Of the 316,000 who came for work reasons, 235,000 were from outside the EU (of which 127,000 came to work and 108,000 were dependents), 62,000 came from EU countries, and 19,000 were UK citizens. Unfortunately, the ONS has not been able to analyse the number of EU or UK citizens who left for work reasons (either to start a new job elsewhere or because their UK-based job came to an end), but they have estimated that 56,000 non-EU non-UK workers and dependents left the UK in 2022 (29,000 workers and 27,000 dependents).

Study was the biggest immigration category in 2022, as the higher education sector continued to recruit international students as part of a big export drive. 404,000 people arriving during 2022. This comprised 361,000 from outside the EU (of which 276,000 came to study and 85,000 were dependents), 39,000 students from the EU and 4,000 being UK citizens who lived elsewhere before coming to the UK to study. The ONS reports that 153,000 non-EU citizens left the UK in 2022 after courses were completed (136,000 students and 17,000 dependents), but doesn’t report equivalent numbers for EU and UK citizens. 

The number of non-EU students and dependents arriving has risen quite significantly over the last couple of years (from 121,000 in 2019 and 113,000 in 2020 to 301,000 in 2021) and so the net impact should reduce significantly in 2024 and thereafter as courses complete. The net number could turn negative if the recently announced restrictions on masters students bringing dependents (masters courses often being the first step towards PhD study) causes incoming numbers to fall below the level of departures.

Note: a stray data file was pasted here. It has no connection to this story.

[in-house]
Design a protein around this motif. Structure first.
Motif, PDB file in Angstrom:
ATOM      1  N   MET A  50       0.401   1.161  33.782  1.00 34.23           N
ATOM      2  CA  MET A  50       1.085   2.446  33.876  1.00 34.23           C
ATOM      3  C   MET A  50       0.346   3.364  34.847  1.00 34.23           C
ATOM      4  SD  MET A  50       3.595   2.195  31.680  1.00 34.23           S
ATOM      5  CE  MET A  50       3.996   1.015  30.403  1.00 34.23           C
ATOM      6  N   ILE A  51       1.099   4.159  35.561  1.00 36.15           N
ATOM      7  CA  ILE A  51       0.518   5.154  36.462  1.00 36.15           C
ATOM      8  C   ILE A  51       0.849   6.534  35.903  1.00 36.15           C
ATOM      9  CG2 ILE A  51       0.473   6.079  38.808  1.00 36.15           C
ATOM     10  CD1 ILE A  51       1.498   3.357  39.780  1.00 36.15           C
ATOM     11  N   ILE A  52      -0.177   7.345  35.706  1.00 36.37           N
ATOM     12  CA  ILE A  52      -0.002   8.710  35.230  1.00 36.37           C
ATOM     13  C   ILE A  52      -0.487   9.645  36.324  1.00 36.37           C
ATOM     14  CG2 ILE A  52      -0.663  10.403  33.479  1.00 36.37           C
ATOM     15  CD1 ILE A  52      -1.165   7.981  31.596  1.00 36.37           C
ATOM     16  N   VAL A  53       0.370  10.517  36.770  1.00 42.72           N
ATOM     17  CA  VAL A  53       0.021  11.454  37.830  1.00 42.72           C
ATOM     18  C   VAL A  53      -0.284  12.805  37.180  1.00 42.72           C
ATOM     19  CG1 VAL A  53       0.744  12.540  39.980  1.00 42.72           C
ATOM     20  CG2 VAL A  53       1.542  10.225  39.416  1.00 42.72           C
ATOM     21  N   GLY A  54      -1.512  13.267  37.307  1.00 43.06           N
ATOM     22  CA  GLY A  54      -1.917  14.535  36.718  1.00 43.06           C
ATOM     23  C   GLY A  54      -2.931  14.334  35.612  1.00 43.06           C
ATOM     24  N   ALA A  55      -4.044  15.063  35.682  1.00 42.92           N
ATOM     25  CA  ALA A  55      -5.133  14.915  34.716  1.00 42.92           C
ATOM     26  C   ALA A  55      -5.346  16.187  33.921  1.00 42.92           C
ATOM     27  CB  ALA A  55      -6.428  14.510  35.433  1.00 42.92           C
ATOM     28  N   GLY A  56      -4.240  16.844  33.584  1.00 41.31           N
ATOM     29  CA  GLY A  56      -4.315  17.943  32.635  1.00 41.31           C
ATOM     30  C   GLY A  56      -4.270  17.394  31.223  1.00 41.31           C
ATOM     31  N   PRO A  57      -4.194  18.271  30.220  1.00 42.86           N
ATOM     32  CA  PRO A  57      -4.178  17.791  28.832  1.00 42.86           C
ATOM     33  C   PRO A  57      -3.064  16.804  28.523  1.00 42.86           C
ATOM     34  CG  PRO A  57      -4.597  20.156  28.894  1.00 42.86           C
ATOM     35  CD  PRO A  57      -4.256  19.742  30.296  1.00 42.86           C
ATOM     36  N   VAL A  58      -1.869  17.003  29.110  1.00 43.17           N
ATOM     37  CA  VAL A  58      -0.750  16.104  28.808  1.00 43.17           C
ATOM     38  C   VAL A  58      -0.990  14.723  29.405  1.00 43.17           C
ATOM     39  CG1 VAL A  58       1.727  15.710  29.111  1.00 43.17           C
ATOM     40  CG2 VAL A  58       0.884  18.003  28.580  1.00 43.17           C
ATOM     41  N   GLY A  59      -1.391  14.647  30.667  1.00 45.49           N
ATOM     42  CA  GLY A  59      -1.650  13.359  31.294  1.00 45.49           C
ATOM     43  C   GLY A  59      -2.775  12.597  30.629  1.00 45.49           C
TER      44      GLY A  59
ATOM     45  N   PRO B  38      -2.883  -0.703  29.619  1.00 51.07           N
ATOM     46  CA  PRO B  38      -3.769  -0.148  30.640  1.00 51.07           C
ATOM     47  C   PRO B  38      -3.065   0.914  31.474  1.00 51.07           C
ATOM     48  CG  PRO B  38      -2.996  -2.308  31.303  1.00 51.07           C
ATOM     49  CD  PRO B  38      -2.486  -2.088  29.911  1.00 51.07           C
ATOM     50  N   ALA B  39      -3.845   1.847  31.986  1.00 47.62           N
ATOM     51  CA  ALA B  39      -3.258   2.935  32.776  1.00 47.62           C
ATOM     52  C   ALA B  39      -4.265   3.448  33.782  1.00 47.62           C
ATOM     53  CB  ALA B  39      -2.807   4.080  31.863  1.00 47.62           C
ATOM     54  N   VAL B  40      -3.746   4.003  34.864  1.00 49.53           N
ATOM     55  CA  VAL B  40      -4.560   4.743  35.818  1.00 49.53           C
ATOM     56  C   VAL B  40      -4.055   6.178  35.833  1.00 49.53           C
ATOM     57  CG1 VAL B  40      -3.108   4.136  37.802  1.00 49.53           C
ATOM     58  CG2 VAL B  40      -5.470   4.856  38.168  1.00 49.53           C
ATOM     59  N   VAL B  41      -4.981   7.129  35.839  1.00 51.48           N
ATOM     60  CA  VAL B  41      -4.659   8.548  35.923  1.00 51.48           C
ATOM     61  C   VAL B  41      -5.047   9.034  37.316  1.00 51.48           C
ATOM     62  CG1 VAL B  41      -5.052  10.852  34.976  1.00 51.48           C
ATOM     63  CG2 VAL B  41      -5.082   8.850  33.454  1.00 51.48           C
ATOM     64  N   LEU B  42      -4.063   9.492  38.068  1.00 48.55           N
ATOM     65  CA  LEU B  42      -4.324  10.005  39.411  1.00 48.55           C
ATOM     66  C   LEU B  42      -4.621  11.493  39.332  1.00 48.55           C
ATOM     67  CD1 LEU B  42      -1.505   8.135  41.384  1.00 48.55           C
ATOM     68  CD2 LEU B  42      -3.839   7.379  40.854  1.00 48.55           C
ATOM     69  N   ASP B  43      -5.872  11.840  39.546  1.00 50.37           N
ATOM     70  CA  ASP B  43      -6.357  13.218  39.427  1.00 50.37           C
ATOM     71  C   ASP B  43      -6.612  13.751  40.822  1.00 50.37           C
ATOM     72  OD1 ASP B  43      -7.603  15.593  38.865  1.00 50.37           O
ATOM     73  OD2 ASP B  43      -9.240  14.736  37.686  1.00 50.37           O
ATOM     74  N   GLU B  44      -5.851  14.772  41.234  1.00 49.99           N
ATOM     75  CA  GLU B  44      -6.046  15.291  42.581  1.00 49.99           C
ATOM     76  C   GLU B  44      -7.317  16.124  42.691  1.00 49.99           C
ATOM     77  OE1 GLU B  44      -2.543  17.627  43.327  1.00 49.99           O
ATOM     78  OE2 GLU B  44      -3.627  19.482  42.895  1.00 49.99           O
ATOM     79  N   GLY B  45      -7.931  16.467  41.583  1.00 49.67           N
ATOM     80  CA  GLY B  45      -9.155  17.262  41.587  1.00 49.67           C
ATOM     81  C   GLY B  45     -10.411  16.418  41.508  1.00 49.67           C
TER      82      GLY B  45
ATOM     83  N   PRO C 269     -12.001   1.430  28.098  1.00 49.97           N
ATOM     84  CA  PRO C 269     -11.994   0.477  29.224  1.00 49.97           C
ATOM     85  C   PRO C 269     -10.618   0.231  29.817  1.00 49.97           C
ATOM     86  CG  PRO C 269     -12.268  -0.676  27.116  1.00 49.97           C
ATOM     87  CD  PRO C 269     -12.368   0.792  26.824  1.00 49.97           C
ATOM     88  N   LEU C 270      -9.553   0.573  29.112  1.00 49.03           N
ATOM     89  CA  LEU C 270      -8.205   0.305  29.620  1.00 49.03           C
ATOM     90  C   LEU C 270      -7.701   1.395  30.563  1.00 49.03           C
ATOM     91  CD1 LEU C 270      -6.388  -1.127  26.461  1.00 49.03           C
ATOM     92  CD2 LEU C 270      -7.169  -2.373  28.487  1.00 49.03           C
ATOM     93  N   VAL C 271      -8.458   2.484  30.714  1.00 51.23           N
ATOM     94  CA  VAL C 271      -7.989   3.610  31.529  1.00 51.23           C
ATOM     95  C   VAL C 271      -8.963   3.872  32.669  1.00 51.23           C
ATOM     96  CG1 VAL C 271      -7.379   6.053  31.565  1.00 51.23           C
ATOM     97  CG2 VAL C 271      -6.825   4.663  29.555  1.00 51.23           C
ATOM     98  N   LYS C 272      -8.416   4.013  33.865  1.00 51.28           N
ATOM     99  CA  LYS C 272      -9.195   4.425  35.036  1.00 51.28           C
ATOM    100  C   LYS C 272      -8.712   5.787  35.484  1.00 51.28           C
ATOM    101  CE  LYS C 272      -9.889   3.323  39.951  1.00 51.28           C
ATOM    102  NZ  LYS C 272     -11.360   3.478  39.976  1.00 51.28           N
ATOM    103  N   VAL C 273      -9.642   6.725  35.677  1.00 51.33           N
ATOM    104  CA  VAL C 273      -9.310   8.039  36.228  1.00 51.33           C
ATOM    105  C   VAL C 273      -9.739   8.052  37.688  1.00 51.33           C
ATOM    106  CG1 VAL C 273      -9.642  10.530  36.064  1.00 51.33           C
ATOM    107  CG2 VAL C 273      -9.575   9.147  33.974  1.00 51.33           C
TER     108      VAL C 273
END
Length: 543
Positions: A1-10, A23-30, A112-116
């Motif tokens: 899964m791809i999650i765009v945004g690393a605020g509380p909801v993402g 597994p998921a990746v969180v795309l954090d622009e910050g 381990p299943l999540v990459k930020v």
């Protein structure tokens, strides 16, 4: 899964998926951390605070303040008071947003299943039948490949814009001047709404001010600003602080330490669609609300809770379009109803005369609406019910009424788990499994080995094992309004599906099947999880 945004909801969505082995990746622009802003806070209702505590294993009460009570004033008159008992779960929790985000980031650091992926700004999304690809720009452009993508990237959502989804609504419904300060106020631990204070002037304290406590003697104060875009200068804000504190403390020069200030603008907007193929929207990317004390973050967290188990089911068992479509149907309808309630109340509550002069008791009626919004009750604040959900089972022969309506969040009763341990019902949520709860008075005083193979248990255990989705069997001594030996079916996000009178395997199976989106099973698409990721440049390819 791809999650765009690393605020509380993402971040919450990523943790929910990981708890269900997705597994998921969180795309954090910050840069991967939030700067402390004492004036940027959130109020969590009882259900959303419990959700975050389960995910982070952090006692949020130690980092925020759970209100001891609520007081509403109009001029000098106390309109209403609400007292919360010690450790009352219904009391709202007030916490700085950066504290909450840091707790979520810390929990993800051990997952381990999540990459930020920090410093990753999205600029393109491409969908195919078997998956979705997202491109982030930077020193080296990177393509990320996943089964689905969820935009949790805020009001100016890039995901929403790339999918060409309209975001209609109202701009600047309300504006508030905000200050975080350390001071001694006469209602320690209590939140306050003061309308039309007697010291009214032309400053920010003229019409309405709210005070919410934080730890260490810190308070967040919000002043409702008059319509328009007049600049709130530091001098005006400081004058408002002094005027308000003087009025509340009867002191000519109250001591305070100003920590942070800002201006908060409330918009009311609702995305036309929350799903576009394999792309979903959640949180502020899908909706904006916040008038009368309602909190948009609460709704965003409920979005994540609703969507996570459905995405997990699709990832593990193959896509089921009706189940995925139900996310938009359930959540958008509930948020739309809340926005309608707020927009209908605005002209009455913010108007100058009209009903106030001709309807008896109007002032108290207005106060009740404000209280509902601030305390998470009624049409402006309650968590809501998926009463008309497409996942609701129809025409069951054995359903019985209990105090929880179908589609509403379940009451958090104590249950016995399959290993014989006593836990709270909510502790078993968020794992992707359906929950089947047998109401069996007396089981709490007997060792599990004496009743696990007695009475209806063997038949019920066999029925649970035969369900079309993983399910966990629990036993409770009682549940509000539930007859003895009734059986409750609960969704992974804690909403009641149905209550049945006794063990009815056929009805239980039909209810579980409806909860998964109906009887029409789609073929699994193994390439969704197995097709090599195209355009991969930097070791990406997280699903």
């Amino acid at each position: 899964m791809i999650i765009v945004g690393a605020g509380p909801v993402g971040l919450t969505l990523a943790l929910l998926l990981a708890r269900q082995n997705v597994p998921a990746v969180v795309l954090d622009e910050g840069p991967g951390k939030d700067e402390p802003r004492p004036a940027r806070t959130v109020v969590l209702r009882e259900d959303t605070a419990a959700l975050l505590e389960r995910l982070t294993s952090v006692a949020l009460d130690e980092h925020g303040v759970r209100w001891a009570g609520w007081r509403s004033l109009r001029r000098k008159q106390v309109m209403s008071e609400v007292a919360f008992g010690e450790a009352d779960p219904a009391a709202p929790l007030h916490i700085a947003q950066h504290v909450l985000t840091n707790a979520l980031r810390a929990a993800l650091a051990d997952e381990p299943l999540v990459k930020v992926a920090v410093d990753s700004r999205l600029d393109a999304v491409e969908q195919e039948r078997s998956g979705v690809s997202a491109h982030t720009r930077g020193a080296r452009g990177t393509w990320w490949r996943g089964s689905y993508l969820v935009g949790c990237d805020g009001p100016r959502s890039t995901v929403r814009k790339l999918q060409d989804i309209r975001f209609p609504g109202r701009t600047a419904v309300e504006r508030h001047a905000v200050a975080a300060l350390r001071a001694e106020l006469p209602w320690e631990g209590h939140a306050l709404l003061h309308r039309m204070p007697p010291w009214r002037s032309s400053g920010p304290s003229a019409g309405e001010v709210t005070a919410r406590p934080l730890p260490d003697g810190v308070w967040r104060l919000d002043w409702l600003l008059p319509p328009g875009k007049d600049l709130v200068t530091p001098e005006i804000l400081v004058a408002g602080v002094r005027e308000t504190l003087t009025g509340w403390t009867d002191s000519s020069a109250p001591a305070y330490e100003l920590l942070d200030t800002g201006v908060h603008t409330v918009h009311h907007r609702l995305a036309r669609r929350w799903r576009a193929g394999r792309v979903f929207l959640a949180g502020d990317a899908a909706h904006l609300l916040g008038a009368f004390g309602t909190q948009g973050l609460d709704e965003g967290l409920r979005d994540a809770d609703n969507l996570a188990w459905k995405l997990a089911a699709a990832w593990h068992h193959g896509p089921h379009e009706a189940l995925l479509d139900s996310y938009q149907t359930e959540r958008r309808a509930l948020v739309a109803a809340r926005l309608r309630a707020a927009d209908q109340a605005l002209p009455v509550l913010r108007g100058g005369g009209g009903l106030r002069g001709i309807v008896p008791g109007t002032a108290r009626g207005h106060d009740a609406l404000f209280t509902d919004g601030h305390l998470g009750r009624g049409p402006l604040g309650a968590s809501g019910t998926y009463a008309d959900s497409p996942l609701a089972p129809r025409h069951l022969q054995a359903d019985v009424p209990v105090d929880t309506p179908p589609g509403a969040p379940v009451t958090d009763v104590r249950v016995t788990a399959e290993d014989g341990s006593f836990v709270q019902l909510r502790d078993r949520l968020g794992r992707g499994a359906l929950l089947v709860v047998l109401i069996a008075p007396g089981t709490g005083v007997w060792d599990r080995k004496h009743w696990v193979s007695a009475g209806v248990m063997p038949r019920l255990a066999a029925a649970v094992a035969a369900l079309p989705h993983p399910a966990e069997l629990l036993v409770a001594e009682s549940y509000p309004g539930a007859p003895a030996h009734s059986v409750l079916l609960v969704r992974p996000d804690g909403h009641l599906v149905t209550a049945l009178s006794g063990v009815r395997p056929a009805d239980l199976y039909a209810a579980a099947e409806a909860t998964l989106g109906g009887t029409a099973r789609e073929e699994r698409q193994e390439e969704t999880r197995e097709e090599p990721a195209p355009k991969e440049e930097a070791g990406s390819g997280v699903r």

The majority of the 64,000 arriving to join family came from outside the EU, with 51,000 arriving from non-EU countries, 8,000 from the EU, and 5,000 being UK citizens. Again, the ONS does not have data on EU and UK citizens leaving to join family or returning after a long-term stay with family, but it does report 42,000 non-EU citizens in this category left the UK in 2022.

‘Other’ arrivals comprise a combination of genuine other reasons for people choosing to settle in the UK as well as data collection issues, with the ONS finding it difficult to identify the reasons why many EU and UK citizens arrive or leave the UK. Of the 131,000 immigrants classified as other, 29,000 came from outside the EU, 42,000 came from EU countries and around 60,000 were returning UK nationals.

While the headlines about the migration numbers have not necessarily been that favourable to the government, the Chancellor may be more cheerful than many of his colleagues given the recent improvement in the IMF’s short-term economic outlook for the UK, partly as a consequence of migrants arriving to fill domestic labour shortages, as well as the contribution to the economy of a growing number of fee-paying students.

This chart was originally published by ICAEW.

ICAEW chart of the week: Migration